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Help with Crockett

post #1 of 12
Thread Starter 
I was just in London...tried on all the major shoe makers. I was wondering about the Crockett and Jones Shoe. What is the difference between their top of the line handmade (thats it right?) and the model underneath them. it seems like a difference of 50 pounds at the store. Other than the different soles I could not really tell the difference. Thanks for the help.
post #2 of 12
slightly better leather, different lasts, and a channelled sole. generally, the handgrades will look much more sleeker than the benchgrades (although the 348 last is a benchgrade last and is very sleek). beyond that, no functional difference (although the uppers might last longer).
post #3 of 12
Thread Starter 
Thanks Novaguy...hey if you don't mind what then is the difference between the Green and the Handgrade?

Thanks
post #4 of 12
btw - the difference between handgrade and benchgrade should about 100 GBP, so one of those shoes is either a special (shell cordovan leather, etc), or there is a sale involved.

pediwear has the calf handgrades going for 335-345 gpb, more or less, and the calf benchgrades going for 230-245 gbp. (looking just at the basic styles).
post #5 of 12
Quote:
Originally Posted by jjgold
Thanks Novaguy...hey if you don't mind what then is the difference between the Green and the Handgrade?

Thanks

the green?

Do you mean Edward Green? or something else?
post #6 of 12
Thread Starter 
Yep Edward Green!
post #7 of 12
Quote:
Originally Posted by NoVaguy
slightly better leather, different lasts, and a channelled sole. generally, the handgrades will look much more sleeker than the benchgrades (although the 348 last is a benchgrade last and is very sleek). beyond that, no functional difference (although the uppers might last longer).

The HG have full leather linings (which is a functiondal difference - I think) and the corner is nicked off the heal (which is not).

I was told that the HG take a bunch more time to make than the BG - but I forget the details.
post #8 of 12
Quote:
Originally Posted by rajesh06
The HG have full leather linings (which is a functiondal difference - I think) and the corner is nicked off the heal (which is not).

I was told that the HG take a bunch more time to make than the BG - but I forget the details.
Actually the corner nicked off helps prevent pulling the heel apart by hooking the sharp corner on something (like a stair tread).

Aren't EGs pretty much on par with the Handgrade CJs?
post #9 of 12
Or catching on clothes.

EGs are noticeably better than handgrades. The gap between the two is greater than that between hand and benchgrades IMO.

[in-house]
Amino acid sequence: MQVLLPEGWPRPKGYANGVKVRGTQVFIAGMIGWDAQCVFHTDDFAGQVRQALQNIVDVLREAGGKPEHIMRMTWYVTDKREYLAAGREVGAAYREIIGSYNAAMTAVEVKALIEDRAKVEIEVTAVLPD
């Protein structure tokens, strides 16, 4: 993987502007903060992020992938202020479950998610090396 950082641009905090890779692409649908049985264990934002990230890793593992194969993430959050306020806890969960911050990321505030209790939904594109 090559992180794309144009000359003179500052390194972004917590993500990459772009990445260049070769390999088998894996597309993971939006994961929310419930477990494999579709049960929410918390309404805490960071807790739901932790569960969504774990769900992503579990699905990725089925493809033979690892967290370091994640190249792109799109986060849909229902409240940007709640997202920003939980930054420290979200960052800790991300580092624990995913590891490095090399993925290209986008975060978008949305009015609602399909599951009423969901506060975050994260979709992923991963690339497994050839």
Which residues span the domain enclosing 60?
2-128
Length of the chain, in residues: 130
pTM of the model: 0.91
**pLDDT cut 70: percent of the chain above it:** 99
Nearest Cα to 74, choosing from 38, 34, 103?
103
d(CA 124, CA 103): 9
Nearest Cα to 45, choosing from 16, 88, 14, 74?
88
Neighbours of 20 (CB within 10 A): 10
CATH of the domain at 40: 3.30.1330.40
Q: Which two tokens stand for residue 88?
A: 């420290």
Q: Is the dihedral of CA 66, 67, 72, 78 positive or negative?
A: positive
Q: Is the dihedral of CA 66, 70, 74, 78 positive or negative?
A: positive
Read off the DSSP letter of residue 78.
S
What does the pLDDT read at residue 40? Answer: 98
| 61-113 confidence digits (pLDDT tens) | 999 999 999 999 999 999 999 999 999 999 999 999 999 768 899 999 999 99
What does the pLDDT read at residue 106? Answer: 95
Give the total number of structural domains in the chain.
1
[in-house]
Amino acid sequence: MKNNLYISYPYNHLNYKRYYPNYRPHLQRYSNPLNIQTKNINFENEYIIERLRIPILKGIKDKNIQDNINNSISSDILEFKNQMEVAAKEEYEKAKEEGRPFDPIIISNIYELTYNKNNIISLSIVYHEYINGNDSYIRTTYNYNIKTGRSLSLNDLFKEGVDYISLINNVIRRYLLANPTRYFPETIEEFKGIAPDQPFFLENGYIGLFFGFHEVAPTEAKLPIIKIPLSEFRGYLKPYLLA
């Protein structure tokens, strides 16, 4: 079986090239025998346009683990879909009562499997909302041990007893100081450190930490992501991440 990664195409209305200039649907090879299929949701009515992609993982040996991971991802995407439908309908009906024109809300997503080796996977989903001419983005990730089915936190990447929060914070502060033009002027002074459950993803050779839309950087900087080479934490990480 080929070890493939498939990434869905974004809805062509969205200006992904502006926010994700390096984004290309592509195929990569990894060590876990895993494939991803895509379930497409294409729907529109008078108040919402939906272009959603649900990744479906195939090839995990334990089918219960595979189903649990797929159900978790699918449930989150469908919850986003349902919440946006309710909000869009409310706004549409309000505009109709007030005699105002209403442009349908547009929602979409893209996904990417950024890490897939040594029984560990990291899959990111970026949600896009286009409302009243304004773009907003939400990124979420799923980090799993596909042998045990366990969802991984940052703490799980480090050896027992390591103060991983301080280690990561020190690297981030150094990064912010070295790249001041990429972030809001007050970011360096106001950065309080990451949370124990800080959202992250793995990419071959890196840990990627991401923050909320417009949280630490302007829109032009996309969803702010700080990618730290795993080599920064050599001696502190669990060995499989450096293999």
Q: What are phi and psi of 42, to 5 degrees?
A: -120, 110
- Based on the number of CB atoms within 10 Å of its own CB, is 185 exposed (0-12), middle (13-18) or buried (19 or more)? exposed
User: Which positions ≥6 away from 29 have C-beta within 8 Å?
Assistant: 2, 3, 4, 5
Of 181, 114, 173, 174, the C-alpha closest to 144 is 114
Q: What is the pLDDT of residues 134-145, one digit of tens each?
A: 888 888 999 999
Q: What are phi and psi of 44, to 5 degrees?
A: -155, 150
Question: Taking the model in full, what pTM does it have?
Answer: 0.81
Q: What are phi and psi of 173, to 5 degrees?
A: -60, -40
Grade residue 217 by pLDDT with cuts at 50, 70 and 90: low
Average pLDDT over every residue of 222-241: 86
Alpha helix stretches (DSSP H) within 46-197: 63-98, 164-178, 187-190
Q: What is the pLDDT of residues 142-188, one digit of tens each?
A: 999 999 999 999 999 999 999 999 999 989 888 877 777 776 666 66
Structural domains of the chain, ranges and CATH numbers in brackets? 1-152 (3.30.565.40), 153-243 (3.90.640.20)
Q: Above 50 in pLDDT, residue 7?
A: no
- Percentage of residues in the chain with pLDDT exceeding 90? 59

post #10 of 12
Quote:
Originally Posted by whoopee
Or catching on clothes.

EGs are noticeably better than handgrades. The gap between the two is greater than that between hand and benchgrades IMO.
What are the points of difference? Having never closely examined a C&J shoe I have no reference here.
post #11 of 12
Quote:
Originally Posted by whoopee
Or catching on clothes.

EGs are noticeably better than handgrades. The gap between the two is greater than that between hand and benchgrades IMO.


I was watching a travel/quiz show a few months ago. The television personality visited Salvatore Ferragamo in Italy.

One of the quiz questions was "Why is the nick taken out of the heel?" The "answer" was that Westerners used to put their shoes on before they put their trousers on, and when they did so, the sharp part of the heel would become caught on the inside of the trouser leg. Making the nick meant that the wearer could slip his trousers on over his shoes with greater ease.

I normally trust very little I see on Japanese television.

Bic
post #12 of 12
Quote:
Originally Posted by Bic Pentameter
I was watching a travel/quiz show a few months ago. The television personality visited Salvatore Ferragamo in Italy.

One of the quiz questions was "Why is the nick taken out of the heel?" The "answer" was that Westerners used to put their shoes on before they put their trousers on, and when they did so, the sharp part of the heel would become caught on the inside of the trouser leg. Making the nick meant that the wearer could slip his trousers on over his shoes with greater ease.

I normally trust very little I see on Japanese television.

Bic
How bizzare. It is however, a very Japanese solution to something rather Western.
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